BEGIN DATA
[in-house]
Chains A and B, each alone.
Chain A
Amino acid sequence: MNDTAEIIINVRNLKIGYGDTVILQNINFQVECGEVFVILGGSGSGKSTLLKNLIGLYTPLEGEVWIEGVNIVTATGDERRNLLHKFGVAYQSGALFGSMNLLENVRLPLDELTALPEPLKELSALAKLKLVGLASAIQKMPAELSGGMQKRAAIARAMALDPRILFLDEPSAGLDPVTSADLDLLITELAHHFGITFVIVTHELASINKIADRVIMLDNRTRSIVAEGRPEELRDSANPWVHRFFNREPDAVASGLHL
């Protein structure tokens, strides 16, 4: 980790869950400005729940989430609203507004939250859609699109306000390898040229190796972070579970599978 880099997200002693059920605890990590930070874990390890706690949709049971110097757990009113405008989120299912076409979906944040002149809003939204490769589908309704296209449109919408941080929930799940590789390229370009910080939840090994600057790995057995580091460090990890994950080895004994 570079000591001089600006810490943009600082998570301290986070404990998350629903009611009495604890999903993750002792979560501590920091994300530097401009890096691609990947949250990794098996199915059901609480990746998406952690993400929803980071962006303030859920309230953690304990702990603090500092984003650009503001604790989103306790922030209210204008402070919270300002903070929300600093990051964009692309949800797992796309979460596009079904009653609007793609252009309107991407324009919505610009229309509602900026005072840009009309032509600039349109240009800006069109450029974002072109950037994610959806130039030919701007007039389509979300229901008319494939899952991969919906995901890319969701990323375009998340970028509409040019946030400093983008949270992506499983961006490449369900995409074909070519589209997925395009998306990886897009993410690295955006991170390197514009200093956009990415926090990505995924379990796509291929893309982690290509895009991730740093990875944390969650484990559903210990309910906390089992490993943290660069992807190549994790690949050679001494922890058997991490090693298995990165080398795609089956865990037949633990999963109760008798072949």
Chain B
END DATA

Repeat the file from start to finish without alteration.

[in-house]
Chains A and B, each alone.
Chain A
Amino acid sequence: MNDTAEIIINVRNLKIGYGDTVILQNINFQVECGEVFVILGGSGSGKSTLLKNLIGLYTPLEGEVWIEGVNIVTATGDERRNLLHKFGVAYQSGALFGSMNLLENVRLPLDELTALPEPLKELSALAKLKLVGLASAIQKMPAELSGGMQKRAAIARAMALDPRILFLDEPSAGLDPVTSADLDLLITELAHHFGITFVIVTHELASINKIADRVIMLDNRTRSIVAEGRPEELRDSANPWVHRFFNREPDAVASGLHL
């Protein structure tokens, strides 16, 4: 980790869950400005729940989430609203507004939250859609699109306000390898040229190796972070579970599978 880099997200002693059920605890990590930070874990390890706690949709049971110097757990009113405008989120299912076409979906944040002149809003939204490769589908309704296209449109919408941080929930799940590789390229370009910080939840090994600057790995057995580091460090990890994950080895004994 570079000591001089600006810490943009600082998570301290986070404990998350629903009611009495604890999903993750002792979560501590920091994300530097401009890096691609990947949250990794098996199915059901609480990746998406952690993400929803980071962006303030859920309230953690304990702990603090500092984003650009503001604790989103306790922030209210204008402070919270300002903070929300600093990051964009692309949800797992796309979460596009079904009653609007793609252009309107991407324009919505610009229309509602900026005072840009009309032509600039349109240009800006069109450029974002072109950037994610959806130039030919701007007039389509979300229901008319494939899952991969919906995901890319969701990323375009998340970028509409040019946030400093983008949270992506499983961006490449369900995409074909070519589209997925395009998306990886897009993410690295955006991170390197514009200093956009990415926090990505995924379990796509291929893309982690290509895009991730740093990875944390969650484990559903210990309910906390089992490993943290660069992807190549994790690949050679001494922890058997991490090693298995990165080398795609089956865990037949633990999963109760008798072949």
Chain B